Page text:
Devin English, assistant professor at Rutgers School of Health, joined Drug Topics® to discuss how COVID-19 is disproportionately affecting minorities, the history that explains this trend, and the issues that will remain after the pandemic ends.
Drug Topics®: Hi, my name is Gabrielle Ientile with Drug Topics® and today we're talking to Dr Devin English, [PhD], assistant professor at Rutgers School of Public Health. Dr English’s research is focused on how forms of oppression lead to health inequalities in the United States, and today we're talking about how COVID-19 pandemic is affecting minorities. Dr English, thanks so much for joining us today.
English: Thank you so much for having me. And thank you for focusing on this this important topic.
Drug Topics®: So before we get started, I'd love for you to provide a little bit of your professional background and your day-to-day during quarantine.
English: Absolutely. So as you mentioned, I'm assistant professor at Rutgers School of Public Health. My training is in clinical community psychology. And as you mentioned, my research focuses on how forms of oppression can lead to some of the health inequities that we see across race and sexual orientation such as those in major depression and HIV. During the pandemic, I've been teaching remotely, mentoring remotely, and trying to continue to shine the light on the ways in which structural oppression is playing out in the [United States]. But me being able to stay at home and do these things, I think is something tied into this as it's a privilege. It’s something that I'm able to do that many of our neighbors are not able to do in New York and New Jersey.
Drug Topics®: Thanks for shedding light on that. And this is kind of a complex topic, can you break down a little bit the issues that inform minority health and why we might be seeing disproportionately higher coronavirus cases in minority populations?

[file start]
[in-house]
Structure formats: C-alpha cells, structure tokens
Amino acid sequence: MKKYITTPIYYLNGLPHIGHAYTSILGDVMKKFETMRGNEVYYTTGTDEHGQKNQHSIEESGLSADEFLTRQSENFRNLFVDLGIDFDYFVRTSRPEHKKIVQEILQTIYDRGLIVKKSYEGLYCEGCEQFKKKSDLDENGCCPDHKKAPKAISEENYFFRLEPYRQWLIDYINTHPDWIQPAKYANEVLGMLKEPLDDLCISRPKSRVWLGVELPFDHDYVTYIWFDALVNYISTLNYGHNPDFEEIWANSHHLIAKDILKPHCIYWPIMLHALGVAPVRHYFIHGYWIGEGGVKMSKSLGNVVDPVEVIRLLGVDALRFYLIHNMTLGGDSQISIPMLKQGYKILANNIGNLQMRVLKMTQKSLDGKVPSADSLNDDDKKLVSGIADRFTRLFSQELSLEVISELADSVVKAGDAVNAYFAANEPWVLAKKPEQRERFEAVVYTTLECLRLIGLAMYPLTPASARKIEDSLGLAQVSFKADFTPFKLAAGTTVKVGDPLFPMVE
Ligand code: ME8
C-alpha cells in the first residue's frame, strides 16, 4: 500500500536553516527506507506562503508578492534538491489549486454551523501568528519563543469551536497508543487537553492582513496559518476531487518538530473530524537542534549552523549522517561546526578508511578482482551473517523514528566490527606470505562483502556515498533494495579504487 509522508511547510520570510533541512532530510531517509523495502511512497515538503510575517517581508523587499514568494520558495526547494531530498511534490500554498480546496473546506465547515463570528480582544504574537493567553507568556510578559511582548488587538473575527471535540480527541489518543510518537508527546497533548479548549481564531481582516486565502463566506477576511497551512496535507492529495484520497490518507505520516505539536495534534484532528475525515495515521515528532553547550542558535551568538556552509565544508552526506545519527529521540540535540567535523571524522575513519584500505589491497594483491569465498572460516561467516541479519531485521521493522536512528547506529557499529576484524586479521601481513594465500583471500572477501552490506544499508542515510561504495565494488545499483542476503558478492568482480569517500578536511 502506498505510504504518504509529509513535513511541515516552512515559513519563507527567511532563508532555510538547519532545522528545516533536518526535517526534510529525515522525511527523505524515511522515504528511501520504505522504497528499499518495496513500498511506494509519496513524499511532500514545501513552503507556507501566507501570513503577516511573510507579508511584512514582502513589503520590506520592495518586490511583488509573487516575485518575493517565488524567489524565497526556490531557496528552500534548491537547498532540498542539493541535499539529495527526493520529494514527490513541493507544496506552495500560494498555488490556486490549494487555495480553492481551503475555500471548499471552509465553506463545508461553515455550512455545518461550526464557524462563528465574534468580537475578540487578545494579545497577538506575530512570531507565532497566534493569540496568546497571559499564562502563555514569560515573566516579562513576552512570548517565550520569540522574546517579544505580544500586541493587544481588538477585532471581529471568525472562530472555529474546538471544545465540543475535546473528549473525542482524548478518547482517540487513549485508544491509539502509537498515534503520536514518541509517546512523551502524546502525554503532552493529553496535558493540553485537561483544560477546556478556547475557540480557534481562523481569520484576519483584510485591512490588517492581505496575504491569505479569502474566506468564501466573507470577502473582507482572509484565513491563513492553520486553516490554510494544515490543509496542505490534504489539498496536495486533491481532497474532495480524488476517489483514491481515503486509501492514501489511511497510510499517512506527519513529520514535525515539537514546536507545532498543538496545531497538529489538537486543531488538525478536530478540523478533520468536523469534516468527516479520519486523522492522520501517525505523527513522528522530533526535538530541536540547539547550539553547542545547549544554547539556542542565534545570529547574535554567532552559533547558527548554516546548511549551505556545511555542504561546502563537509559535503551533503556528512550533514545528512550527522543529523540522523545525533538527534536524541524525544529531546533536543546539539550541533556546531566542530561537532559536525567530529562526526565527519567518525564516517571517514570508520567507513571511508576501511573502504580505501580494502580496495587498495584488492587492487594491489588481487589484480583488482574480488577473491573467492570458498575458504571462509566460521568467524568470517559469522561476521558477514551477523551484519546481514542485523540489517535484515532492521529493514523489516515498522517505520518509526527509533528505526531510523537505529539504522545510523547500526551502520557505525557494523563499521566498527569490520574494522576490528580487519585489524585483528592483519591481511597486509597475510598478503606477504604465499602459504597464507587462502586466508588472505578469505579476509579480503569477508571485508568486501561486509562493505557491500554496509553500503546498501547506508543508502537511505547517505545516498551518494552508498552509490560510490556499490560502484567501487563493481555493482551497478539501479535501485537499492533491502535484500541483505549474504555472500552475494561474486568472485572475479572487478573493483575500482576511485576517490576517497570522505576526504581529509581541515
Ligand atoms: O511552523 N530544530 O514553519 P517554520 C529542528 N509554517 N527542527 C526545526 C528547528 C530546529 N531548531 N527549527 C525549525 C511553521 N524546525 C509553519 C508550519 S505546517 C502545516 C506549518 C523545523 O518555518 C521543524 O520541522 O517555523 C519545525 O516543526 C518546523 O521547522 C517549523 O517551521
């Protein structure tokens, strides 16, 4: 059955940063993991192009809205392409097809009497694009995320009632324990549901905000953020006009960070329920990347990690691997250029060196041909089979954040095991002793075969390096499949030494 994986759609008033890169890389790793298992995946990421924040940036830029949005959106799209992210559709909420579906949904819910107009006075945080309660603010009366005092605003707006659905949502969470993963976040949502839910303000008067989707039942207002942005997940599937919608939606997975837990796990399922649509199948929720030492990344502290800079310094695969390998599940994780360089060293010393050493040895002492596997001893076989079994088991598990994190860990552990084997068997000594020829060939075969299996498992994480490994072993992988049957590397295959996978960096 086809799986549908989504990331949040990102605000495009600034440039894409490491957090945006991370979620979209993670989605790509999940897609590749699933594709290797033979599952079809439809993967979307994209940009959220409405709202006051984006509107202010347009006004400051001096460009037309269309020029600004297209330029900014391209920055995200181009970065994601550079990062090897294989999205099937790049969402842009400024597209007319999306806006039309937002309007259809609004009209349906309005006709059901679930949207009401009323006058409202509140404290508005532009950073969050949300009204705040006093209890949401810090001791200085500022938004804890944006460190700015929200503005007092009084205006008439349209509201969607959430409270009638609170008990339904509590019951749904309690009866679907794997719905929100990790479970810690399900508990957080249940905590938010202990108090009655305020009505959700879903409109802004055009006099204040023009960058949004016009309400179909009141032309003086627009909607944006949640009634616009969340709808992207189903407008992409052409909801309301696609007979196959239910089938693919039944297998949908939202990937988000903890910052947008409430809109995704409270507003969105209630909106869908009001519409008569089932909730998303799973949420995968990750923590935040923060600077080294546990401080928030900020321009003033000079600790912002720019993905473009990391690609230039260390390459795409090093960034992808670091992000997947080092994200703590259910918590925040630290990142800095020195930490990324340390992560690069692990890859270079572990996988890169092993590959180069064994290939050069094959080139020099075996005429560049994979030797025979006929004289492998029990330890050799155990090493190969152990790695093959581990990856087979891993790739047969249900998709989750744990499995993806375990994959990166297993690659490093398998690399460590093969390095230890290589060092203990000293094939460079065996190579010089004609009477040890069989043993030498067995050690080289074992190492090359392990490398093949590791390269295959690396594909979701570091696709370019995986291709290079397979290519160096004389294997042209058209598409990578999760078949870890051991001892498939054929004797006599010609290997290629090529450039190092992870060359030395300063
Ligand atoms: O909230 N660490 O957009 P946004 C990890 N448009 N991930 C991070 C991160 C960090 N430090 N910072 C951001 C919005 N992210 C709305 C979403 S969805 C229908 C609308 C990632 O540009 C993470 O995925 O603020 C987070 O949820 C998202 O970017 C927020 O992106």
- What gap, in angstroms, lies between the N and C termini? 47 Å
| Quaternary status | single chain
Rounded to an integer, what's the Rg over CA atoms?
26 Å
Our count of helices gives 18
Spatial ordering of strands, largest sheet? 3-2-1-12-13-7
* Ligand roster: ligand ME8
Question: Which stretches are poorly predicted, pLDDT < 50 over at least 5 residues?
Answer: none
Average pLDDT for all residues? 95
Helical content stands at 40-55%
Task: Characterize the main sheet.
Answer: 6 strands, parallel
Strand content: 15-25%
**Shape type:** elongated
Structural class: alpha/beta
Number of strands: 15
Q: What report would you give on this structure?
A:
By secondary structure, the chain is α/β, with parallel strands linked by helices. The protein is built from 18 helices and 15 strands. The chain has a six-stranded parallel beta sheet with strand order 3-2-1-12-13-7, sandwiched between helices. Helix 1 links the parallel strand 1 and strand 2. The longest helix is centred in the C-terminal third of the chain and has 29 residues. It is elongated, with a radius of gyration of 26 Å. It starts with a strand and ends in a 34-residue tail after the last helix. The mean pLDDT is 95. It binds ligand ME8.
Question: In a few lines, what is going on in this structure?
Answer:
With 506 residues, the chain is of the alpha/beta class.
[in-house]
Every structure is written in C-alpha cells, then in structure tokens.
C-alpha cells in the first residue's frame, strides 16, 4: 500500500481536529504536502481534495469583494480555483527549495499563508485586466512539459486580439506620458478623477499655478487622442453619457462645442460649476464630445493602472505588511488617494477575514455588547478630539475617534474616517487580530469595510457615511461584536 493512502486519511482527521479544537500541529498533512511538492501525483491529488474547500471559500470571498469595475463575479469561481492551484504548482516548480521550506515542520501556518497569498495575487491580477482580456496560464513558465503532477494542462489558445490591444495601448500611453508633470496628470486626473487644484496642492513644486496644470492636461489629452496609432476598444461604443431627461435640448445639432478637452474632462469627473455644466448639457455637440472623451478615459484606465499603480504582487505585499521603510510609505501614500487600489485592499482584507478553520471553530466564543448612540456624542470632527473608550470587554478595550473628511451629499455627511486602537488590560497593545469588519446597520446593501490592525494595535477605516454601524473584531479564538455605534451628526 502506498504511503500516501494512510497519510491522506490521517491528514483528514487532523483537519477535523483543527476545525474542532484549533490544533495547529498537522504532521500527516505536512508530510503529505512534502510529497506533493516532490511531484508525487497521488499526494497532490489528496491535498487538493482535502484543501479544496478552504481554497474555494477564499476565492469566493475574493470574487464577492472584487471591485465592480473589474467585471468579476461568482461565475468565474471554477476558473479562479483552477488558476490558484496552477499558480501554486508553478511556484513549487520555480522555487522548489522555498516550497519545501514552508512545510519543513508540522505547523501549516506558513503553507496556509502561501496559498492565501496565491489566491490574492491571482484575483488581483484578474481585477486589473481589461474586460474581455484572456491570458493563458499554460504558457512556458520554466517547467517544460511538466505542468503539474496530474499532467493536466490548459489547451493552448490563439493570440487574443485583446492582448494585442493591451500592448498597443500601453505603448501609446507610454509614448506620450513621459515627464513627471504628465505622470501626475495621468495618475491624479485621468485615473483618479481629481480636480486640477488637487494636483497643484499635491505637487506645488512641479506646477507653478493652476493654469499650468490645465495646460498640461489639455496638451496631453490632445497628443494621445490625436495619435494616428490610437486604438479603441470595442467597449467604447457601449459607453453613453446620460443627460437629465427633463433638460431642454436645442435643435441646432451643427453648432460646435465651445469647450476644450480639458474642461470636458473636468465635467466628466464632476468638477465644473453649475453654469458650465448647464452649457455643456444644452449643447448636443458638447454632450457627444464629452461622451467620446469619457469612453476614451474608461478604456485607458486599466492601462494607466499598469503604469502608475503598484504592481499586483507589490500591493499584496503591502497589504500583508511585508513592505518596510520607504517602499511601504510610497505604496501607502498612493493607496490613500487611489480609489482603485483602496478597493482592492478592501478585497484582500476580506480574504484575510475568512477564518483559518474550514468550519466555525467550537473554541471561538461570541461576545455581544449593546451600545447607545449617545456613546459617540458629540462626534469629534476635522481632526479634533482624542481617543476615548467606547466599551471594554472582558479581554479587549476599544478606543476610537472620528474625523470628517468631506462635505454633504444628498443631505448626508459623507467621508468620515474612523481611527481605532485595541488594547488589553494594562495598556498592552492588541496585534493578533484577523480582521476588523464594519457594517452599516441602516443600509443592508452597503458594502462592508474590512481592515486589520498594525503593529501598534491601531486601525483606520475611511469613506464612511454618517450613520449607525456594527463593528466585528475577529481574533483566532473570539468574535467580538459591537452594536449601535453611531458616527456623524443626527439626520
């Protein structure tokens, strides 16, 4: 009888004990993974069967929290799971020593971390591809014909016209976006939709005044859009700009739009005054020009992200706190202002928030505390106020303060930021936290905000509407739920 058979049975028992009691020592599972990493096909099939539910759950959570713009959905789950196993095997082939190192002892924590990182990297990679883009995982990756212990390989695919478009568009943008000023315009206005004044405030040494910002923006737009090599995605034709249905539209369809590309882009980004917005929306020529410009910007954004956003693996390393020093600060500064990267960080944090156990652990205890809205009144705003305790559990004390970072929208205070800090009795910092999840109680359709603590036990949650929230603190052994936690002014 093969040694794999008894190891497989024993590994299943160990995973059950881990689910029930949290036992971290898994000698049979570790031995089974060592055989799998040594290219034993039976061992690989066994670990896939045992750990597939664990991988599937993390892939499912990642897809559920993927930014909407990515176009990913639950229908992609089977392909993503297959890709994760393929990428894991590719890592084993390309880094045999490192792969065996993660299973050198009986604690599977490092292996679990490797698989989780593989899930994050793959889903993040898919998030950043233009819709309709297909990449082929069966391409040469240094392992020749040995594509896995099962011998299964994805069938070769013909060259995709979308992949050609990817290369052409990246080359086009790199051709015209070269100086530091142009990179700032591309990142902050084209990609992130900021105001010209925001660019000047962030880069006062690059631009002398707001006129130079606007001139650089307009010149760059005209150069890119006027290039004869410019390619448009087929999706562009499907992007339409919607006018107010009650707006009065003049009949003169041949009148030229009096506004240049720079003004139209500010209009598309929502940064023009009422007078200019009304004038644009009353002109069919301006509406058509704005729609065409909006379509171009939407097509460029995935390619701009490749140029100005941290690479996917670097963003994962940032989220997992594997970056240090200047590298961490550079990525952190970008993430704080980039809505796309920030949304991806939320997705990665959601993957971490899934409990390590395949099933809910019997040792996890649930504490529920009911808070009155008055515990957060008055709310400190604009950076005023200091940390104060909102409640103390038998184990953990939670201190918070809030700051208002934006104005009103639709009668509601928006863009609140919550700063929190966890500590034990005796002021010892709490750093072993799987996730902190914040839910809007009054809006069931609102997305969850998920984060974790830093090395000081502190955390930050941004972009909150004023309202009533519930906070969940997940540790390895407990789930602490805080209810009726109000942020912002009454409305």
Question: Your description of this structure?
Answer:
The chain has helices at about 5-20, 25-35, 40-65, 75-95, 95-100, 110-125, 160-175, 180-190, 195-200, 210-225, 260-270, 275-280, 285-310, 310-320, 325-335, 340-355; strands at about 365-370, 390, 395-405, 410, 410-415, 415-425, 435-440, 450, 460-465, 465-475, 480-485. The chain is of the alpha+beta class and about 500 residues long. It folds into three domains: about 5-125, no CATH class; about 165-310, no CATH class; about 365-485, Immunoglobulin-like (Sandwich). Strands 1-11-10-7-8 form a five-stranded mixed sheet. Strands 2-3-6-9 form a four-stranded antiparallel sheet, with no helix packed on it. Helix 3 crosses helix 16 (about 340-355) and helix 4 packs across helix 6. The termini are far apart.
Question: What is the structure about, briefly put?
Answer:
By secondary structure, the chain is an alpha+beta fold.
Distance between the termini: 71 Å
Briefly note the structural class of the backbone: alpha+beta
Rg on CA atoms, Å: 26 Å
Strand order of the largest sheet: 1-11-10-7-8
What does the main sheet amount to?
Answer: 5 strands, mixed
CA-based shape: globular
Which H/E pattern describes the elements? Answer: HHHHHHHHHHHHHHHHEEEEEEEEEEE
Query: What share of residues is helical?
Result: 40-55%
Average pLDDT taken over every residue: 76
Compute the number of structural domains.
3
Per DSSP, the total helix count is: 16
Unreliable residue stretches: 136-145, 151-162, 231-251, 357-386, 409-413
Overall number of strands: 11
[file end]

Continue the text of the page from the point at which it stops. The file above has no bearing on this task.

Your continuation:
English: So bear with me a little bit because I'm going to get into a little bit of history. Because I believe to understand the inequities in COVID-19 that we're seeing, we must understand the history of the United States. In the example of racial inequities that we're seeing in COVID-19, we must see how the [United States] has become extremely racially and economically segregated. Because what we're seeing with COVID-19 is completely predictable, policies like redlining and systematic disinvestment have led to racial segregation that we see in black and Latinx communities today. Now, this matters because we know that your zip code often determines whether you have high levels of pollution and overcrowding and whether you have access to quality health care and economic opportunity. Right now, black and Latinx communities, where there are additional disproportionately high levels of pollution and overcrowding and low levels of access to health care and economic opportunity; there are also high levels of COVID-19 related risk factors: these include conditions like asthma, the inability to socially isolate or socially distance because there are lots of low paying yet essential jobs. And there's lower quality health care in overcrowded and under resourced local hospitals. Because of this, we are seeing that black and Latinx communities make up huge percentages of COVID-19 related deaths.
Drug Topics®: And the New York Times reported that most cities and states aren't reporting race where they're confirmed cases and fatalities. Why do you think this might be?
English: That's a good question, and I understand that not all places and not all states and cities are race and ethnicity recorded at time of death. However, that is the failure at multiple levels of government, because this information should be required of hospitals and health care facilities. And this is a decision that governors and mayors can make today, so that we are collecting this information. And this information is essential because we know that one of the most profound forms of oppression is the erasure. It is saying that the experience is not happening that is actually there. If we're not collecting this data, then the federal government, state governments and city governments can say that it's not happening. So it is an absolute imperative that we are collecting race ethnicity data - that we're collecting data on sexual and gender identity, in addition to what many places already collecting around age, and other demographic factors.
Drug Topics®: Dr English, thank you so much for shedding light on this super important topic today. And stay safe out there.
English: Thank you so much for having me.
Editor’s note: This interview transcription has been lightly edited for style and clarity.
Check back to drugtopics.com for part 2 of this interview and more expert interviews on COVID-19.